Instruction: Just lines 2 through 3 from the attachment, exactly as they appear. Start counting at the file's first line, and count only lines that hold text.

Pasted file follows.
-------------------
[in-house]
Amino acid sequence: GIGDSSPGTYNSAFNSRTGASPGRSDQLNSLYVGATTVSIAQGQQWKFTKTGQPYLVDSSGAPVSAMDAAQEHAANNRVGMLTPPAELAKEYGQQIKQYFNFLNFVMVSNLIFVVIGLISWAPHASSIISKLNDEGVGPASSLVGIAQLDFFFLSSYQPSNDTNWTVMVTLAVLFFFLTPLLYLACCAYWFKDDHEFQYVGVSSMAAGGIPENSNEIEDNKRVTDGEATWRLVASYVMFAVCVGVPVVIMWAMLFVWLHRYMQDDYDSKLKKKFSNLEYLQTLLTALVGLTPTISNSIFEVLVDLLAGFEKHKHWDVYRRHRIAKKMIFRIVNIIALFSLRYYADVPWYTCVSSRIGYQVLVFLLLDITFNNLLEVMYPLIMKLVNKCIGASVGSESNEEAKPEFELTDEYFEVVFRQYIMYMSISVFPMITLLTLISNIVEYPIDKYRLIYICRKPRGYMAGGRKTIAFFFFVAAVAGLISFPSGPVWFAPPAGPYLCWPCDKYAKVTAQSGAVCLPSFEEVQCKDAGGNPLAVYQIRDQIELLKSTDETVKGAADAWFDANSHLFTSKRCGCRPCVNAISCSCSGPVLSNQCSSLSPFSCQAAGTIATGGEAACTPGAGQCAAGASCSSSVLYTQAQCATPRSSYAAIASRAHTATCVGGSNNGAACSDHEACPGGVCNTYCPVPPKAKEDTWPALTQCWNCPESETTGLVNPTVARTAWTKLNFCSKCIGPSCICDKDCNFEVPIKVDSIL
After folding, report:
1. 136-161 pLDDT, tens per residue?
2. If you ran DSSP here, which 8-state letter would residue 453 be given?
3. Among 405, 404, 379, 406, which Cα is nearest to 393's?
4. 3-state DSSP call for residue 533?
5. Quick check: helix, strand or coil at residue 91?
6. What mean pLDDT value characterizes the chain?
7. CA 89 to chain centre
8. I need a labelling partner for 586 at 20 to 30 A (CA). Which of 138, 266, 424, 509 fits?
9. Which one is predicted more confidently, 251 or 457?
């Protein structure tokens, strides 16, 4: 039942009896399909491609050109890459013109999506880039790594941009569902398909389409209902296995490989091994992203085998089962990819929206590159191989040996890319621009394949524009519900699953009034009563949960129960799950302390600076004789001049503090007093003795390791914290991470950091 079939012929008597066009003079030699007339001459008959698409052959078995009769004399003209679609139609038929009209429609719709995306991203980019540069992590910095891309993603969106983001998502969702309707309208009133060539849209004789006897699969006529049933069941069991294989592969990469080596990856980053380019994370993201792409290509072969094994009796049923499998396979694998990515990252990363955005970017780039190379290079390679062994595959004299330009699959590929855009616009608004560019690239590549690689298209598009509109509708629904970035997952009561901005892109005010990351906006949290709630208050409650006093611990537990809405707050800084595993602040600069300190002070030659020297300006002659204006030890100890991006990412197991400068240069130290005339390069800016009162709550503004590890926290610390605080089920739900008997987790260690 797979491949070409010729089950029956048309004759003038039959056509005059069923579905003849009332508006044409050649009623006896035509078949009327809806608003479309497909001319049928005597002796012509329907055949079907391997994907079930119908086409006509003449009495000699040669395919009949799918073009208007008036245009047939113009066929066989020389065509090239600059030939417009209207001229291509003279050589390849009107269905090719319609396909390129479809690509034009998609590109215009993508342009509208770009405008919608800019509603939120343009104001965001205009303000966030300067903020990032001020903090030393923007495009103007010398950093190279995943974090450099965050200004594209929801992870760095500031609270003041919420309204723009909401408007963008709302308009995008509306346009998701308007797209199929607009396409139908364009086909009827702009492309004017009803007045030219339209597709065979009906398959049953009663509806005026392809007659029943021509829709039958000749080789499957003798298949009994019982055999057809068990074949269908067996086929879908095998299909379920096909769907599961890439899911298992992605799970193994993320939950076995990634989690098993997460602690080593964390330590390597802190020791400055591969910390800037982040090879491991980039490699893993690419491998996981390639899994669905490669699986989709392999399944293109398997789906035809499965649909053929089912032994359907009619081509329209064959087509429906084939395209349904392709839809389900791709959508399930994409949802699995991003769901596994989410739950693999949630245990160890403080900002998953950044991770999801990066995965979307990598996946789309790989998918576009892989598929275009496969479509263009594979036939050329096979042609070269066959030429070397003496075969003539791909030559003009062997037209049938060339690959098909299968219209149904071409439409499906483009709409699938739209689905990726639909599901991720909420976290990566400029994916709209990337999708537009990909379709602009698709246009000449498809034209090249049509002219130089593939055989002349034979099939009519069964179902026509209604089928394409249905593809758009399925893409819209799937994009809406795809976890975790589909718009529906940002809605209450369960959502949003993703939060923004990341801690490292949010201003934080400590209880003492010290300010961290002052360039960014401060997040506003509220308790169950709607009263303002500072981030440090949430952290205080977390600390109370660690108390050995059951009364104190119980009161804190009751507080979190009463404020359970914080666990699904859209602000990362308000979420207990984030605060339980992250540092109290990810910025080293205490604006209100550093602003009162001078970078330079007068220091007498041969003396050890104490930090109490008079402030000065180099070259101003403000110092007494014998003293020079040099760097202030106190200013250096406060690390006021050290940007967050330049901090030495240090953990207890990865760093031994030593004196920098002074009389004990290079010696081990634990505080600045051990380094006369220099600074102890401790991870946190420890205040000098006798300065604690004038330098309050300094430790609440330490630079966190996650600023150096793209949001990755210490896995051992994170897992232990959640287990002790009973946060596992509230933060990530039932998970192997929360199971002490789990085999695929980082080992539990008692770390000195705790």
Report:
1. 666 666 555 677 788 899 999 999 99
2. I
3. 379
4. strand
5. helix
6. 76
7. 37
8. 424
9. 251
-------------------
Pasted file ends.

Amino acid sequence: GIGDSSPGTYNSAFNSRTGASPGRSDQLNSLYVGATTVSIAQGQQWKFTKTGQPYLVDSSGAPVSAMDAAQEHAANNRVGMLTPPAELAKEYGQQIKQYFNFLNFVMVSNLIFVVIGLISWAPHASSIISKLNDEGVGPASSLVGIAQLDFFFLSSYQPSNDTNWTVMVTLAVLFFFLTPLLYLACCAYWFKDDHEFQYVGVSSMAAGGIPENSNEIEDNKRVTDGEATWRLVASYVMFAVCVGVPVVIMWAMLFVWLHRYMQDDYDSKLKKKFSNLEYLQTLLTALVGLTPTISNSIFEVLVDLLAGFEKHKHWDVYRRHRIAKKMIFRIVNIIALFSLRYYADVPWYTCVSSRIGYQVLVFLLLDITFNNLLEVMYPLIMKLVNKCIGASVGSESNEEAKPEFELTDEYFEVVFRQYIMYMSISVFPMITLLTLISNIVEYPIDKYRLIYICRKPRGYMAGGRKTIAFFFFVAAVAGLISFPSGPVWFAPPAGPYLCWPCDKYAKVTAQSGAVCLPSFEEVQCKDAGGNPLAVYQIRDQIELLKSTDETVKGAADAWFDANSHLFTSKRCGCRPCVNAISCSCSGPVLSNQCSSLSPFSCQAAGTIATGGEAACTPGAGQCAAGASCSSSVLYTQAQCATPRSSYAAIASRAHTATCVGGSNNGAACSDHEACPGGVCNTYCPVPPKAKEDTWPALTQCWNCPESETTGLVNPTVARTAWTKLNFCSKCIGPSCICDKDCNFEVPIKVDSIL
After folding, report: